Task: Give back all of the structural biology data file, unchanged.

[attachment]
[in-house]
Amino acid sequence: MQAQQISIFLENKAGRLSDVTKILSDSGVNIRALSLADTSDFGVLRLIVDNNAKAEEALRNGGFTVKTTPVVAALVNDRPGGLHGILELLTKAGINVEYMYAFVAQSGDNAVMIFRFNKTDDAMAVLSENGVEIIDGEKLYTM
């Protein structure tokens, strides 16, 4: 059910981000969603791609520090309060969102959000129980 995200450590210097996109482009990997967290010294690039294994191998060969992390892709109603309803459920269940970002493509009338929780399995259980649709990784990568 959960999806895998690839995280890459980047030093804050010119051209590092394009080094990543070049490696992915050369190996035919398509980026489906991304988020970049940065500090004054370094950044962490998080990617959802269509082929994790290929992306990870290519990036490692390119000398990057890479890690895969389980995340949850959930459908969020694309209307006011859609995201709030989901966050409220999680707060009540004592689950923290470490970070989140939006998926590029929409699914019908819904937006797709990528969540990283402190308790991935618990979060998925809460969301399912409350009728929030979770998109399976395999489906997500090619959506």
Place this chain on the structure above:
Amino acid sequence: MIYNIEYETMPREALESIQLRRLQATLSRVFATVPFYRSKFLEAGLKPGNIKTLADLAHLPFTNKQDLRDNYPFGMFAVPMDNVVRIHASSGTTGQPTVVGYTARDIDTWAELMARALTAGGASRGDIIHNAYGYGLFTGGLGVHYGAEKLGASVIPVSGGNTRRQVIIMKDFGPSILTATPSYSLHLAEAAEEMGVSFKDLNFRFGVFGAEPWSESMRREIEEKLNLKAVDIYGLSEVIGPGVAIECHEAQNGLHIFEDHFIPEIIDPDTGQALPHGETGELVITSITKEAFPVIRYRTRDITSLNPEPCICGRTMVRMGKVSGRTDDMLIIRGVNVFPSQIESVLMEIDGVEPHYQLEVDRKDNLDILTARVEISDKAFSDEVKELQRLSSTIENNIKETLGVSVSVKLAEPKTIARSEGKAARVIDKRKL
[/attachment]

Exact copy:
[in-house]
Amino acid sequence: MQAQQISIFLENKAGRLSDVTKILSDSGVNIRALSLADTSDFGVLRLIVDNNAKAEEALRNGGFTVKTTPVVAALVNDRPGGLHGILELLTKAGINVEYMYAFVAQSGDNAVMIFRFNKTDDAMAVLSENGVEIIDGEKLYTM
């Protein structure tokens, strides 16, 4: 059910981000969603791609520090309060969102959000129980 995200450590210097996109482009990997967290010294690039294994191998060969992390892709109603309803459920269940970002493509009338929780399995259980649709990784990568 959960999806895998690839995280890459980047030093804050010119051209590092394009080094990543070049490696992915050369190996035919398509980026489906991304988020970049940065500090004054370094950044962490998080990617959802269509082929994790290929992306990870290519990036490692390119000398990057890479890690895969389980995340949850959930459908969020694309209307006011859609995201709030989901966050409220999680707060009540004592689950923290470490970070989140939006998926590029929409699914019908819904937006797709990528969540990283402190308790991935618990979060998925809460969301399912409350009728929030979770998109399976395999489906997500090619959506």
Place this chain on the structure above:
Amino acid sequence: MIYNIEYETMPREALESIQLRRLQATLSRVFATVPFYRSKFLEAGLKPGNIKTLADLAHLPFTNKQDLRDNYPFGMFAVPMDNVVRIHASSGTTGQPTVVGYTARDIDTWAELMARALTAGGASRGDIIHNAYGYGLFTGGLGVHYGAEKLGASVIPVSGGNTRRQVIIMKDFGPSILTATPSYSLHLAEAAEEMGVSFKDLNFRFGVFGAEPWSESMRREIEEKLNLKAVDIYGLSEVIGPGVAIECHEAQNGLHIFEDHFIPEIIDPDTGQALPHGETGELVITSITKEAFPVIRYRTRDITSLNPEPCICGRTMVRMGKVSGRTDDMLIIRGVNVFPSQIESVLMEIDGVEPHYQLEVDRKDNLDILTARVEISDKAFSDEVKELQRLSSTIENNIKETLGVSVSVKLAEPKTIARSEGKAARVIDKRKL